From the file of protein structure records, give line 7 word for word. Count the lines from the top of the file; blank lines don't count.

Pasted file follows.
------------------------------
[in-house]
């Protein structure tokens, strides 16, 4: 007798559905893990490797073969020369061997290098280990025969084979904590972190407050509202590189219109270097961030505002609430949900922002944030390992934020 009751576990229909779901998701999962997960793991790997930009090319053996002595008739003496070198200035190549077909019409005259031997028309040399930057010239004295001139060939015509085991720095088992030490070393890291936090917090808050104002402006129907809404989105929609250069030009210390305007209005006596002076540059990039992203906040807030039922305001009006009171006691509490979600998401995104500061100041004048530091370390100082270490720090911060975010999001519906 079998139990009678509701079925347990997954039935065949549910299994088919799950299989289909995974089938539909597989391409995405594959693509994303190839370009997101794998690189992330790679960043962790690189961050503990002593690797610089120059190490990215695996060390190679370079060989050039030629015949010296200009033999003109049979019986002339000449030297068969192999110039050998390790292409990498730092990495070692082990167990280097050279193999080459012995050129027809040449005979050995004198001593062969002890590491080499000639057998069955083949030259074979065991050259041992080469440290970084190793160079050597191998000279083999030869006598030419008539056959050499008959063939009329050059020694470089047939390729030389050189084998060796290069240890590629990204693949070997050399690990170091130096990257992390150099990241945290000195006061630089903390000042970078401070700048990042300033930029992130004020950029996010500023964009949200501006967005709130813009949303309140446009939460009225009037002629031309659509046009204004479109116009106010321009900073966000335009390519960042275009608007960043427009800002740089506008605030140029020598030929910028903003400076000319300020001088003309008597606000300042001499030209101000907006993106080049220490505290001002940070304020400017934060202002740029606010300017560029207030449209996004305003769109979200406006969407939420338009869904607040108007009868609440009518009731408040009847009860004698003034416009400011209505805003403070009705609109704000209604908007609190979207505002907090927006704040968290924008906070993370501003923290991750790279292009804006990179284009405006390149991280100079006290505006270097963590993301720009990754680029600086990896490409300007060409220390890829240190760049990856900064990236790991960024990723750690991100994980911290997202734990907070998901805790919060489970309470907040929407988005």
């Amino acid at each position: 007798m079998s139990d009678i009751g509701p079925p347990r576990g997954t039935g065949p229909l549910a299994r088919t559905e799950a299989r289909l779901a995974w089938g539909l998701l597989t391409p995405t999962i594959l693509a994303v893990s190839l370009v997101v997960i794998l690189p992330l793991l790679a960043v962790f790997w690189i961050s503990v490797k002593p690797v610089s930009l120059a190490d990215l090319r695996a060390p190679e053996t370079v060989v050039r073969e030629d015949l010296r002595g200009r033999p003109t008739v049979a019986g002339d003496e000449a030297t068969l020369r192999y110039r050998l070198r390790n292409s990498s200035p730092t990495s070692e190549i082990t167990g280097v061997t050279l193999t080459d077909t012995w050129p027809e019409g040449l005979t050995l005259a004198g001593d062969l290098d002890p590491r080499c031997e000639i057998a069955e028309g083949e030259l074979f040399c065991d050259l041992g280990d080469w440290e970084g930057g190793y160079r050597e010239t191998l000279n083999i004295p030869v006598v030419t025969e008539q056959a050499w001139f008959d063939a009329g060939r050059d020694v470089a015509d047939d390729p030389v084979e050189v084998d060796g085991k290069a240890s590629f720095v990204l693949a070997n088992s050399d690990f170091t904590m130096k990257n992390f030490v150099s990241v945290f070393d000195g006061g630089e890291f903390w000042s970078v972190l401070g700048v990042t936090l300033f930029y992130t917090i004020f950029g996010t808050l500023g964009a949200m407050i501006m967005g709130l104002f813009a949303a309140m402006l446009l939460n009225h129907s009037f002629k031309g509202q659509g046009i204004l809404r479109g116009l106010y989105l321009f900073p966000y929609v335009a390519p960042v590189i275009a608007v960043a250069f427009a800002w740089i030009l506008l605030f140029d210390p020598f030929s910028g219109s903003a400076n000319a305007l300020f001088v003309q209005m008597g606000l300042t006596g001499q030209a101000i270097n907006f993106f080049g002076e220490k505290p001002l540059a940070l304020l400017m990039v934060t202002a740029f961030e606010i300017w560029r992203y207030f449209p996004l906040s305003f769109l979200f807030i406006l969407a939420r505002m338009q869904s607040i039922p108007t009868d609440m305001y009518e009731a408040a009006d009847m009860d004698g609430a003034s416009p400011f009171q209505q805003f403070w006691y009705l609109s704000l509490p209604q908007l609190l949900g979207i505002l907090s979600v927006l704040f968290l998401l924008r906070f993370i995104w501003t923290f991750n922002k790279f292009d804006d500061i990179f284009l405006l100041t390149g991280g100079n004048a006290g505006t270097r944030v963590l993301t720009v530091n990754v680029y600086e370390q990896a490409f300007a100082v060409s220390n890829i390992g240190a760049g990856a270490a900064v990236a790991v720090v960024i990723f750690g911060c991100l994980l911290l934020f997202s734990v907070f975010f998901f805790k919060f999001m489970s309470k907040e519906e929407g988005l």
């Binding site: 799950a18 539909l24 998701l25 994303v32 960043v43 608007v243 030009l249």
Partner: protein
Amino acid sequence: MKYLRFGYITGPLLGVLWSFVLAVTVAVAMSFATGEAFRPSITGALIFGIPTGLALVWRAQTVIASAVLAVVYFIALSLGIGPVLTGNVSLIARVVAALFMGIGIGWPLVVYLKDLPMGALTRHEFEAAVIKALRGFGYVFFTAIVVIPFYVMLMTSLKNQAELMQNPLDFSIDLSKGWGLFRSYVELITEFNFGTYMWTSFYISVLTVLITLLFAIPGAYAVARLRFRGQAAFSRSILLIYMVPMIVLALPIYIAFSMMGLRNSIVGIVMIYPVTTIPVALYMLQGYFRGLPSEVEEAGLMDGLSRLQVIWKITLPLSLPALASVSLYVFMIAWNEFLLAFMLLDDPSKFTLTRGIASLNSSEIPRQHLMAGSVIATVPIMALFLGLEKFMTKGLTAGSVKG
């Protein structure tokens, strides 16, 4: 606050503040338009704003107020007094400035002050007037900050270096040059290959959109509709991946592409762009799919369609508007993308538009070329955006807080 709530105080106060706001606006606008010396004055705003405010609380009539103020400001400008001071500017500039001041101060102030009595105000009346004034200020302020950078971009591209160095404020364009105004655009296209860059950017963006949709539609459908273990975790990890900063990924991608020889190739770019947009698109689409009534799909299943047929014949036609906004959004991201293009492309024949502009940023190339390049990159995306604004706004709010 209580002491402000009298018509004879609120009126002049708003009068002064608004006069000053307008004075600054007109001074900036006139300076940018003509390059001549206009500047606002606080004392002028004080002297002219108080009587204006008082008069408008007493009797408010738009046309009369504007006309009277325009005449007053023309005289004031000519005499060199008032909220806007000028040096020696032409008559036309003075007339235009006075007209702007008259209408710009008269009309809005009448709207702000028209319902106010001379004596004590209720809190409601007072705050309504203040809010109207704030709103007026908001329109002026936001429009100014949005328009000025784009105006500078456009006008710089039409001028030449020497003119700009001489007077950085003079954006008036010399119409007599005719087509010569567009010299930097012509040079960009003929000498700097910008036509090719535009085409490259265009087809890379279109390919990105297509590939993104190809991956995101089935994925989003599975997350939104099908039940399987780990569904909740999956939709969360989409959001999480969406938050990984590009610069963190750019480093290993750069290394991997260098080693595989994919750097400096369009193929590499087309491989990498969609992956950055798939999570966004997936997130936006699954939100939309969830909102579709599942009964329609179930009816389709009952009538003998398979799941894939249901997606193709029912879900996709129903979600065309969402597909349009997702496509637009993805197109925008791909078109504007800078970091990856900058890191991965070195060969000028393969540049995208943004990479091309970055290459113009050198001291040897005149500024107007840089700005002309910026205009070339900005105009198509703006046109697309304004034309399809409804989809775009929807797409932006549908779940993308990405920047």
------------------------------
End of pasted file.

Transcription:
């Protein structure tokens, strides 16, 4: 606050503040338009704003107020007094400035002050007037900050270096040059290959959109509709991946592409762009799919369609508007993308538009070329955006807080 709530105080106060706001606006606008010396004055705003405010609380009539103020400001400008001071500017500039001041101060102030009595105000009346004034200020302020950078971009591209160095404020364009105004655009296209860059950017963006949709539609459908273990975790990890900063990924991608020889190739770019947009698109689409009534799909299943047929014949036609906004959004991201293009492309024949502009940023190339390049990159995306604004706004709010 209580002491402000009298018509004879609120009126002049708003009068002064608004006069000053307008004075600054007109001074900036006139300076940018003509390059001549206009500047606002606080004392002028004080002297002219108080009587204006008082008069408008007493009797408010738009046309009369504007006309009277325009005449007053023309005289004031000519005499060199008032909220806007000028040096020696032409008559036309003075007339235009006075007209702007008259209408710009008269009309809005009448709207702000028209319902106010001379004596004590209720809190409601007072705050309504203040809010109207704030709103007026908001329109002026936001429009100014949005328009000025784009105006500078456009006008710089039409001028030449020497003119700009001489007077950085003079954006008036010399119409007599005719087509010569567009010299930097012509040079960009003929000498700097910008036509090719535009085409490259265009087809890379279109390919990105297509590939993104190809991956995101089935994925989003599975997350939104099908039940399987780990569904909740999956939709969360989409959001999480969406938050990984590009610069963190750019480093290993750069290394991997260098080693595989994919750097400096369009193929590499087309491989990498969609992956950055798939999570966004997936997130936006699954939100939309969830909102579709599942009964329609179930009816389709009952009538003998398979799941894939249901997606193709029912879900996709129903979600065309969402597909349009997702496509637009993805197109925008791909078109504007800078970091990856900058890191991965070195060969000028393969540049995208943004990479091309970055290459113009050198001291040897005149500024107007840089700005002309910026205009070339900005105009198509703006046109697309304004034309399809409804989809775009929807797409932006549908779940993308990405920047």